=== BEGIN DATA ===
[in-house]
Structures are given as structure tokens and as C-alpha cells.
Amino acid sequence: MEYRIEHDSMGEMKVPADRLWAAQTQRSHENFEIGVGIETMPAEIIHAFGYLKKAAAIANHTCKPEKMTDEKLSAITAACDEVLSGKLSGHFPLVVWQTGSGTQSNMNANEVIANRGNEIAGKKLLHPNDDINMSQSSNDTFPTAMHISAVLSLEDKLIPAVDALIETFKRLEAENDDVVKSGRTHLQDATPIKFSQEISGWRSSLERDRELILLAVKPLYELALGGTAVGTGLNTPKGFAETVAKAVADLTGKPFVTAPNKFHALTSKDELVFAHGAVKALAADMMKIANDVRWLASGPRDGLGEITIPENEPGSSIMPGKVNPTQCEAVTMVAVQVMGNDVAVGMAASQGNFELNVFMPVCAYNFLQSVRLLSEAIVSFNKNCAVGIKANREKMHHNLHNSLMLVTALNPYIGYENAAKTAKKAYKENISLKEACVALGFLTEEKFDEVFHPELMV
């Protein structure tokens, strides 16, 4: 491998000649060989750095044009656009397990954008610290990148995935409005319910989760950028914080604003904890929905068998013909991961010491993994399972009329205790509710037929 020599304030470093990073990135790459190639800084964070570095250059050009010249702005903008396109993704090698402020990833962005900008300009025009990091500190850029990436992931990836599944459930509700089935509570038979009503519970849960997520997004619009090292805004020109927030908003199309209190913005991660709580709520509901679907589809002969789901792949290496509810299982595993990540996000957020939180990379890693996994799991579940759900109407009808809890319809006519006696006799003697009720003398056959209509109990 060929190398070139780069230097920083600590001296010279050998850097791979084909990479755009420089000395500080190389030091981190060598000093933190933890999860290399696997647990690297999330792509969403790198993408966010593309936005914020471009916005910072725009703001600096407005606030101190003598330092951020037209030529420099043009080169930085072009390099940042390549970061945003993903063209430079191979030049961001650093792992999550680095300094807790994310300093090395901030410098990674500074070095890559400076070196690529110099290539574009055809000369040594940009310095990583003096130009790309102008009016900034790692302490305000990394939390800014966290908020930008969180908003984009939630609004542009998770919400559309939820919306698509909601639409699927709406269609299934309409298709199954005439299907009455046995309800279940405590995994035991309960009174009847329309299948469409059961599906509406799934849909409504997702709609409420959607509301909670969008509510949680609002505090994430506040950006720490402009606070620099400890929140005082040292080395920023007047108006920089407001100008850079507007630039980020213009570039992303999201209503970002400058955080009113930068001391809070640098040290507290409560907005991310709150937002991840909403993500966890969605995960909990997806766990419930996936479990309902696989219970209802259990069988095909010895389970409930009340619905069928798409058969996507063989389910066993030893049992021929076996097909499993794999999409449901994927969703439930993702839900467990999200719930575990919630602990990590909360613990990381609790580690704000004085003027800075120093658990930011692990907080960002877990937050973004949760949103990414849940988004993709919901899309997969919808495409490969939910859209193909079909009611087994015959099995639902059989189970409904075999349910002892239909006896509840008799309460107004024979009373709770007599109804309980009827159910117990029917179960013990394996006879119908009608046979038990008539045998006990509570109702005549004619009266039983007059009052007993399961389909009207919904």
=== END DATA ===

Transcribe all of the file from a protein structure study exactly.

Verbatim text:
[in-house]
Structures are given as structure tokens and as C-alpha cells.
Amino acid sequence: MEYRIEHDSMGEMKVPADRLWAAQTQRSHENFEIGVGIETMPAEIIHAFGYLKKAAAIANHTCKPEKMTDEKLSAITAACDEVLSGKLSGHFPLVVWQTGSGTQSNMNANEVIANRGNEIAGKKLLHPNDDINMSQSSNDTFPTAMHISAVLSLEDKLIPAVDALIETFKRLEAENDDVVKSGRTHLQDATPIKFSQEISGWRSSLERDRELILLAVKPLYELALGGTAVGTGLNTPKGFAETVAKAVADLTGKPFVTAPNKFHALTSKDELVFAHGAVKALAADMMKIANDVRWLASGPRDGLGEITIPENEPGSSIMPGKVNPTQCEAVTMVAVQVMGNDVAVGMAASQGNFELNVFMPVCAYNFLQSVRLLSEAIVSFNKNCAVGIKANREKMHHNLHNSLMLVTALNPYIGYENAAKTAKKAYKENISLKEACVALGFLTEEKFDEVFHPELMV
């Protein structure tokens, strides 16, 4: 491998000649060989750095044009656009397990954008610290990148995935409005319910989760950028914080604003904890929905068998013909991961010491993994399972009329205790509710037929 020599304030470093990073990135790459190639800084964070570095250059050009010249702005903008396109993704090698402020990833962005900008300009025009990091500190850029990436992931990836599944459930509700089935509570038979009503519970849960997520997004619009090292805004020109927030908003199309209190913005991660709580709520509901679907589809002969789901792949290496509810299982595993990540996000957020939180990379890693996994799991579940759900109407009808809890319809006519006696006799003697009720003398056959209509109990 060929190398070139780069230097920083600590001296010279050998850097791979084909990479755009420089000395500080190389030091981190060598000093933190933890999860290399696997647990690297999330792509969403790198993408966010593309936005914020471009916005910072725009703001600096407005606030101190003598330092951020037209030529420099043009080169930085072009390099940042390549970061945003993903063209430079191979030049961001650093792992999550680095300094807790994310300093090395901030410098990674500074070095890559400076070196690529110099290539574009055809000369040594940009310095990583003096130009790309102008009016900034790692302490305000990394939390800014966290908020930008969180908003984009939630609004542009998770919400559309939820919306698509909601639409699927709406269609299934309409298709199954005439299907009455046995309800279940405590995994035991309960009174009847329309299948469409059961599906509406799934849909409504997702709609409420959607509301909670969008509510949680609002505090994430506040950006720490402009606070620099400890929140005082040292080395920023007047108006920089407001100008850079507007630039980020213009570039992303999201209503970002400058955080009113930068001391809070640098040290507290409560907005991310709150937002991840909403993500966890969605995960909990997806766990419930996936479990309902696989219970209802259990069988095909010895389970409930009340619905069928798409058969996507063989389910066993030893049992021929076996097909499993794999999409449901994927969703439930993702839900467990999200719930575990919630602990990590909360613990990381609790580690704000004085003027800075120093658990930011692990907080960002877990937050973004949760949103990414849940988004993709919901899309997969919808495409490969939910859209193909079909009611087994015959099995639902059989189970409904075999349910002892239909006896509840008799309460107004024979009373709770007599109804309980009827159910117990029917179960013990394996006879119908009608046979038990008539045998006990509570109702005549004619009266039983007059009052007993399961389909009207919904």